Chandler Jones had been so close to knocking the ball from the hand of 49ers quarterback C.J. Beathard and then he finally did, an emphasis the Cardinals had been putting on their pass rushers of late.
The strip-sack – the defensive end also jumped on the fumble – came in the third quarter Sunday. But it came in the middle of Jones’ best overall game of the year. Even Jones understood that.
“You can definitely feel yourself heating up,” Jones said Monday. “Whenever I do feel like that, that I am pulsing a little bit, I try to spread it around,” Jones added. “That’s my biggest thing, to send it through other players. It’s contagious. If one player plays and he’s on fire, if you can get the other guys throughout the team, you can ignite a win, or at least some positive plays.”
It isn’t as if Jones has been invisible. He now has four sacks in five games, a pretty decent pace. But Pro Football Focus put Jones’ grade at 89.7 against the Niners, his tops in any game and the highest PFF gave for any edge defender this week.
Aside from that, the raw numbers caught plenty of attention. There were six total tackles, the sack, a couple of tackles-for-loss – including one violent takedown of a running back – and a crucial knockdown of a 49ers’ two-point conversion that prevented San Francisco from tying the game in the fourth quarter.
In a game of incredibly mixed results for the defense – five takeaways and only 18 points allowed, but also 33 first downs and 447 yards allowed against a backup quarterback – Jones stood out.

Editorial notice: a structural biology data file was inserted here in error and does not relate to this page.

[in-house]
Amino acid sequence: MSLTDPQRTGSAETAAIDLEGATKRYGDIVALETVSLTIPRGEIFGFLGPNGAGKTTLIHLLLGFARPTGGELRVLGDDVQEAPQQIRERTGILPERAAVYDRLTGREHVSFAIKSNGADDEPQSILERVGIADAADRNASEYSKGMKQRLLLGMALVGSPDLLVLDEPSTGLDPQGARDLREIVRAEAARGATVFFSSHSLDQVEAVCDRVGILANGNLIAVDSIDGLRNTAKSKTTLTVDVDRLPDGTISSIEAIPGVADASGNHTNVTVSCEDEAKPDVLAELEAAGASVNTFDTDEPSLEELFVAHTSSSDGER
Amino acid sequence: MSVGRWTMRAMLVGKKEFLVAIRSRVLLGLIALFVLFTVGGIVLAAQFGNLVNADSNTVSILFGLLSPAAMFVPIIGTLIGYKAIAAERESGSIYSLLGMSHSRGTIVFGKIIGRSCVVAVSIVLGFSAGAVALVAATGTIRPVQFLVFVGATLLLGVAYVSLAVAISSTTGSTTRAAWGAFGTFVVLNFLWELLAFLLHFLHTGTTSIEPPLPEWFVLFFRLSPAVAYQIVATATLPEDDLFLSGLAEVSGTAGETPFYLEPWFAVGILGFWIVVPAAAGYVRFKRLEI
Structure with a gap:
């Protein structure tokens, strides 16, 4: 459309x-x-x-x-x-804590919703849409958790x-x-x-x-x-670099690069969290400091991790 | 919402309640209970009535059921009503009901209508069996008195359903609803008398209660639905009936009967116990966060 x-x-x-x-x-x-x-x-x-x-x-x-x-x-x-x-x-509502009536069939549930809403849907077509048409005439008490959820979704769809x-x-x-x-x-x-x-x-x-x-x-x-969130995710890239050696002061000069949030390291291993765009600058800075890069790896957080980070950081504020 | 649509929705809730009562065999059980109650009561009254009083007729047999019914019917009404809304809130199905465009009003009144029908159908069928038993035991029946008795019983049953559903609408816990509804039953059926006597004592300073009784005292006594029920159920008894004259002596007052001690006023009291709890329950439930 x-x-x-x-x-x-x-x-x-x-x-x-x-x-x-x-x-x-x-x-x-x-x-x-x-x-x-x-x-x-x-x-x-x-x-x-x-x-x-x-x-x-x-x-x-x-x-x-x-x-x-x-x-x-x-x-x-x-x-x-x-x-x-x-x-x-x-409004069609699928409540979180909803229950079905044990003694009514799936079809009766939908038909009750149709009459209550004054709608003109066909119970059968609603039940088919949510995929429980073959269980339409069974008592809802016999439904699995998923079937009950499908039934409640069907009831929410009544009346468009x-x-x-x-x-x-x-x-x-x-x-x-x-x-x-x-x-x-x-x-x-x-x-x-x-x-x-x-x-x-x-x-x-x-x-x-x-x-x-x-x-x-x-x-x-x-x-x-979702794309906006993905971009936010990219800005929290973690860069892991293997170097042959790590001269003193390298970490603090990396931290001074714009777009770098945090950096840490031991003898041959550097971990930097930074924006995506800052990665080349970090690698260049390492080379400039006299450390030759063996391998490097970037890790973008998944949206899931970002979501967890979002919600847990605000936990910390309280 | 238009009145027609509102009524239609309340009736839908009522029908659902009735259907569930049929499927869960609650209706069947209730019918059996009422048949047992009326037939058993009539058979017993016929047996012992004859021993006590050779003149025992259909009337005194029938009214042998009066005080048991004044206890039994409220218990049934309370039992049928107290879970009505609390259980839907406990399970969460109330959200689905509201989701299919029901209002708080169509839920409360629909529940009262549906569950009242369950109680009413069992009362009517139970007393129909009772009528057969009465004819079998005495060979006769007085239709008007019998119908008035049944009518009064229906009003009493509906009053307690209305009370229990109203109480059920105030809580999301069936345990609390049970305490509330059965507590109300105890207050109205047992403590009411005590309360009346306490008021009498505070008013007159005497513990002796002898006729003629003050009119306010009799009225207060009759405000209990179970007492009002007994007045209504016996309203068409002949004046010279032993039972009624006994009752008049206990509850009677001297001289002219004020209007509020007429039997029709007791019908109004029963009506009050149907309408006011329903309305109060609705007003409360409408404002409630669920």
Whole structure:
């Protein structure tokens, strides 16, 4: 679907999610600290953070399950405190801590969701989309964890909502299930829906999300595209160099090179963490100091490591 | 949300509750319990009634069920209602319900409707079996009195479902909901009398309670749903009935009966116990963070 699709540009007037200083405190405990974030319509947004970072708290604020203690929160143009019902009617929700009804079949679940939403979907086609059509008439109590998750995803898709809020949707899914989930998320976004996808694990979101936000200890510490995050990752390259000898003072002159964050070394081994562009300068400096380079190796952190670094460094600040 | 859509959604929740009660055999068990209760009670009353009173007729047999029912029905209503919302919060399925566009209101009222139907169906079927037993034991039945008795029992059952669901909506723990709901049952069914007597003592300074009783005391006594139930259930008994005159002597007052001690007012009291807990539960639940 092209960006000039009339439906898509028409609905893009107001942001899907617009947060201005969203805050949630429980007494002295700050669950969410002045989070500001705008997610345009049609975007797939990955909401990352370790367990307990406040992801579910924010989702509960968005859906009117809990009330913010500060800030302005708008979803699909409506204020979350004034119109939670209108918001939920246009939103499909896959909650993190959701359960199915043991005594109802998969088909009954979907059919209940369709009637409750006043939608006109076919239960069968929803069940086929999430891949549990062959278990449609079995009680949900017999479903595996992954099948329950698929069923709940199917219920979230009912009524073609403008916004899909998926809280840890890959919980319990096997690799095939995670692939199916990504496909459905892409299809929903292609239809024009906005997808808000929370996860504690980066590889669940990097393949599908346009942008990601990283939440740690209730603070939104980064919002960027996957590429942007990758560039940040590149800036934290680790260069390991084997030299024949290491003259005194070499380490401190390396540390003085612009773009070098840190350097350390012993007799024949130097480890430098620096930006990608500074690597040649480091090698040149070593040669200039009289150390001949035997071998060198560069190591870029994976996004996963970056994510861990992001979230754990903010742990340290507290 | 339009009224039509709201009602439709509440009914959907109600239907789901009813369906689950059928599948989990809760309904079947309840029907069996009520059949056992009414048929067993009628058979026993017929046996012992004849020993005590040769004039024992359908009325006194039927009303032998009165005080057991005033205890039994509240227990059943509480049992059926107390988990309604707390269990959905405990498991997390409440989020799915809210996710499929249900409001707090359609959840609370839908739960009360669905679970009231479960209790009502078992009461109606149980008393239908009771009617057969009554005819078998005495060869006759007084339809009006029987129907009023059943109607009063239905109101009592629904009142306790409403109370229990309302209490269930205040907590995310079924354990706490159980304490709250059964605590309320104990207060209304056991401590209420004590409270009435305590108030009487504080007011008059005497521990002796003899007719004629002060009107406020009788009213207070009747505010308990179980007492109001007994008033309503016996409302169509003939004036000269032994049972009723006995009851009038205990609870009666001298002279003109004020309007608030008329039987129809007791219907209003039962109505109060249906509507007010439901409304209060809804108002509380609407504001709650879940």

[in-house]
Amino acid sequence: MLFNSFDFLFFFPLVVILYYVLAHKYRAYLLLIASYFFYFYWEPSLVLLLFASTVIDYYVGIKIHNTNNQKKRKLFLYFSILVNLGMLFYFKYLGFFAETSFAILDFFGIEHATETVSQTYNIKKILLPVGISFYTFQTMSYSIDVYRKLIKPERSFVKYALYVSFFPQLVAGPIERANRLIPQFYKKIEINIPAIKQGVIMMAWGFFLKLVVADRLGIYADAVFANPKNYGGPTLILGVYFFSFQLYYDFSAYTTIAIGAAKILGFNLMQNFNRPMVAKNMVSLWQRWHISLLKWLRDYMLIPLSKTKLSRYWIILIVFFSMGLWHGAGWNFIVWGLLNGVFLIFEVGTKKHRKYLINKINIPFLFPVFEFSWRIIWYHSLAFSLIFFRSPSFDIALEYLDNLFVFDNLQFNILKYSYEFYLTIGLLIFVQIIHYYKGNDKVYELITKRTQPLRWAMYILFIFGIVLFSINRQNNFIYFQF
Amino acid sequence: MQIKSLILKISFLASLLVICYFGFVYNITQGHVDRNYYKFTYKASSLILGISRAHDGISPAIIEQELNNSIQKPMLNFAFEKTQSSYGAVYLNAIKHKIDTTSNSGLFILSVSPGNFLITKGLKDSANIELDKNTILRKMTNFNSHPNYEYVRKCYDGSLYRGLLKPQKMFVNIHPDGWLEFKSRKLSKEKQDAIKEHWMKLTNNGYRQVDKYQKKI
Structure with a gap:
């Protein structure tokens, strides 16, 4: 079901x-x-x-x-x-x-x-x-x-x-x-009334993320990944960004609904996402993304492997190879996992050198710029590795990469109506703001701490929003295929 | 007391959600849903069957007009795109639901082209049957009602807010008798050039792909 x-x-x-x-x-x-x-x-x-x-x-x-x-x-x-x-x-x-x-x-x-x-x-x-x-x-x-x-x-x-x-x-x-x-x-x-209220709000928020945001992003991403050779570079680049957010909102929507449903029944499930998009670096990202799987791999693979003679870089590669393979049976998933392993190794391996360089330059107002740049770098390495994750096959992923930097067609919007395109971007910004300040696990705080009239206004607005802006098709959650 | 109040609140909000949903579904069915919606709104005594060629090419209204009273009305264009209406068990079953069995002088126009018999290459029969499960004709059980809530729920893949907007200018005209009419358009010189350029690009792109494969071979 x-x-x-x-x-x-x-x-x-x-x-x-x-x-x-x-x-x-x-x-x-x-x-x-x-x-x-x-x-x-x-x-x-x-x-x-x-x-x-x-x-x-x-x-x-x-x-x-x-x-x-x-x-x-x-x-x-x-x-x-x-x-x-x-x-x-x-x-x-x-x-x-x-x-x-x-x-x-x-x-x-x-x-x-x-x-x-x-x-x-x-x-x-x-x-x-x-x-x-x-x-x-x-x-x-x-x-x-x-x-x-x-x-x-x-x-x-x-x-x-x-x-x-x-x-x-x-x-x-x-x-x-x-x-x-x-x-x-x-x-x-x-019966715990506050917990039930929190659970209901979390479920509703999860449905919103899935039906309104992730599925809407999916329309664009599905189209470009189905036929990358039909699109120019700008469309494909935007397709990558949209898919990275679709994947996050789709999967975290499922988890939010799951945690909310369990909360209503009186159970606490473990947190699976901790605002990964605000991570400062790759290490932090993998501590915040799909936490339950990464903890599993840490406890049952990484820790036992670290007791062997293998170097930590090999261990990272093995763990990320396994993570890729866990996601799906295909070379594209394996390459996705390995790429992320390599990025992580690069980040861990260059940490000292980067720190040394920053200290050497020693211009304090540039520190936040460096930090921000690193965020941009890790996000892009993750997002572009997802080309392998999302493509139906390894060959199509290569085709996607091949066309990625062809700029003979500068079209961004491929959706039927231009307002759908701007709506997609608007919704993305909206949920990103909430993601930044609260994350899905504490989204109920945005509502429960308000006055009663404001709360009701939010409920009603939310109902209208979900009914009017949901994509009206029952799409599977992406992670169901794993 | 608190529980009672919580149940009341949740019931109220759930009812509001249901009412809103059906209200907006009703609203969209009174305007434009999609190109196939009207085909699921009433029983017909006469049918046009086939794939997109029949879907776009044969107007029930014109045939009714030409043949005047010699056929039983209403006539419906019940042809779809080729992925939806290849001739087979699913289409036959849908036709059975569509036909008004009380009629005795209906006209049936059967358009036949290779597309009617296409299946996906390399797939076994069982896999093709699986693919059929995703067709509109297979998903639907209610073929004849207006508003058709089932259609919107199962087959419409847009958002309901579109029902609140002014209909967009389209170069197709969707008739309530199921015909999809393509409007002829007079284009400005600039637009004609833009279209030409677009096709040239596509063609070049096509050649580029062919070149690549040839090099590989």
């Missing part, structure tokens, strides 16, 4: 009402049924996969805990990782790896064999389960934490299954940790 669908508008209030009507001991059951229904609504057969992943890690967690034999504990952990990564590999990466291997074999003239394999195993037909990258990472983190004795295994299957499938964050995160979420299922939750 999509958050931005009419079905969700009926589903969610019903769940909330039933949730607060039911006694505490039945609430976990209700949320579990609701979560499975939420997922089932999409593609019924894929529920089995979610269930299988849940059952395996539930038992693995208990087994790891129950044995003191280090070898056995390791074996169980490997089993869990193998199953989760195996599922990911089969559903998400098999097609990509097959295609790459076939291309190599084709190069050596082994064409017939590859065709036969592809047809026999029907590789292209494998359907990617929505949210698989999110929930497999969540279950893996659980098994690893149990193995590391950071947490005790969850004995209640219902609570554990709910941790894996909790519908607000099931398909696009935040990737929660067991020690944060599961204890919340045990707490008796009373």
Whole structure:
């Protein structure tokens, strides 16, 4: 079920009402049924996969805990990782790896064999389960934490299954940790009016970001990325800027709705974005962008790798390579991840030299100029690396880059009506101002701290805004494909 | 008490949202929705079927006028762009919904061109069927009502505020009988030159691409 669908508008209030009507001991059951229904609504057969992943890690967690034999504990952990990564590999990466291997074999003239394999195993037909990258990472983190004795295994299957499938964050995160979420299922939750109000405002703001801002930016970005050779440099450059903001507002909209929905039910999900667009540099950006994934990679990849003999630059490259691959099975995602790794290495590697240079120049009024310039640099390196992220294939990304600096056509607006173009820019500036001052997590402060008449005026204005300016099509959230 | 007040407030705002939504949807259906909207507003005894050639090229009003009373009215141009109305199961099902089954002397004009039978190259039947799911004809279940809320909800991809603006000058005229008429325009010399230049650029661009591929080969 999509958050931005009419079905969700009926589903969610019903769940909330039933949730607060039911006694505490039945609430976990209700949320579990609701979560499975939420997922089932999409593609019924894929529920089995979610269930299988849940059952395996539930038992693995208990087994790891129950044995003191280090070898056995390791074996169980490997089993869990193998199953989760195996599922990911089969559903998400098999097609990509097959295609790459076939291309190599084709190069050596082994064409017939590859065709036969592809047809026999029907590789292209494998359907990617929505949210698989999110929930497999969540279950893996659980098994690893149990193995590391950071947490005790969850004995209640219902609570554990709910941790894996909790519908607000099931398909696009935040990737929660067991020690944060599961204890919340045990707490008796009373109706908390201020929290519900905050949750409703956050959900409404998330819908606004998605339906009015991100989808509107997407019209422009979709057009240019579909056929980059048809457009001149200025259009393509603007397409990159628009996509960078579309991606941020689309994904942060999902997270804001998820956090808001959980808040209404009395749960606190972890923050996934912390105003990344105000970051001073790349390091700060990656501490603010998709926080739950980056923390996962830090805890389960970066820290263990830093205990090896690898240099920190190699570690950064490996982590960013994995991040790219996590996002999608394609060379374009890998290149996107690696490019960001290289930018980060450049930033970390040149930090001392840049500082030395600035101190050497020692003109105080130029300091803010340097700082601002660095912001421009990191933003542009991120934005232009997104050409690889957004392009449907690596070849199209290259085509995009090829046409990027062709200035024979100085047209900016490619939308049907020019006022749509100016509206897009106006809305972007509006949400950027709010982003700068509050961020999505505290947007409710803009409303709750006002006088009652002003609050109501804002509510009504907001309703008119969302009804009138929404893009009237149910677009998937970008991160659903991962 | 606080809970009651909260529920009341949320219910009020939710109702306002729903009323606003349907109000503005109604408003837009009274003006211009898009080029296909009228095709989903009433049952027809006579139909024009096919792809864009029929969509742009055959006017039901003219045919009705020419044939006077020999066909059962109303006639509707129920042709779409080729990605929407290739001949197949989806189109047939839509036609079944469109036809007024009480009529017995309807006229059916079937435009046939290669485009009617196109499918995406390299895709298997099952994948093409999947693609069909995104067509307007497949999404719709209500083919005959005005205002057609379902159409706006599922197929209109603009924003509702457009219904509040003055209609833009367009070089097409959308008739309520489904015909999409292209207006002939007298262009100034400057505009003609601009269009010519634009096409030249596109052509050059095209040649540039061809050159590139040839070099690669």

“I always envisioned Chandler playing that way,” coach Steve Wilks said Monday. “That’s the ability he has. He and I talked from day one and how I saw him as a big-time player and a difference-maker. And that’s how he played (Sunday). It really wasn’t the (play) call, it was him going out there, dominating the tackle, making plays, sack-fumble, you name it.”
The Cardinals are in a type of limbo defensively. There were flashes of success from a number of players. But the 49ers, as presently constructed, shouldn’t have been able to rush for 147 yards or run 92 offensive plays.
Wilks said he pointed out the obvious to his team Monday morning.
“We’ve created a negative play, and two plays later a guy is jumping out of his gap giving up a 17-yard run,” Wilks said. “It’s really execution by us.”
There is a massive test coming in Minnesota, against an offense that has proven explosive. Whether the defense can shore up major third-down problems – Wilks and his players may have broken the record post-game Sunday in their mentions of needing to “get off the field” – is a necessary step for improvement.
Jones said he believes the defense is getting better, although “the biggest thing is just everyone buying in to what the coaches are coaching.”
Jones, who did add weight in the offseason as the coaching staff transitioned him into the defensive end role, said he felt quicker this week “just with reps.”
“Going back to this new defense, I know you have a lot of reps in training camp, but those aren’t game reps,” Jones added. “This was what, our fifth game? You get more familiar with certain looks in certain positions. It’s starting to click.”
Wilks said that wide receiver Larry Fitzgerald (hamstring), tackle Andre Smith (hamstring), defensive tackle Robert Nkemdiche (foot) and defensive end Markus Golden (knee) will all be day-to-day this week.
Some of the top images from the Cardinals' first win of the season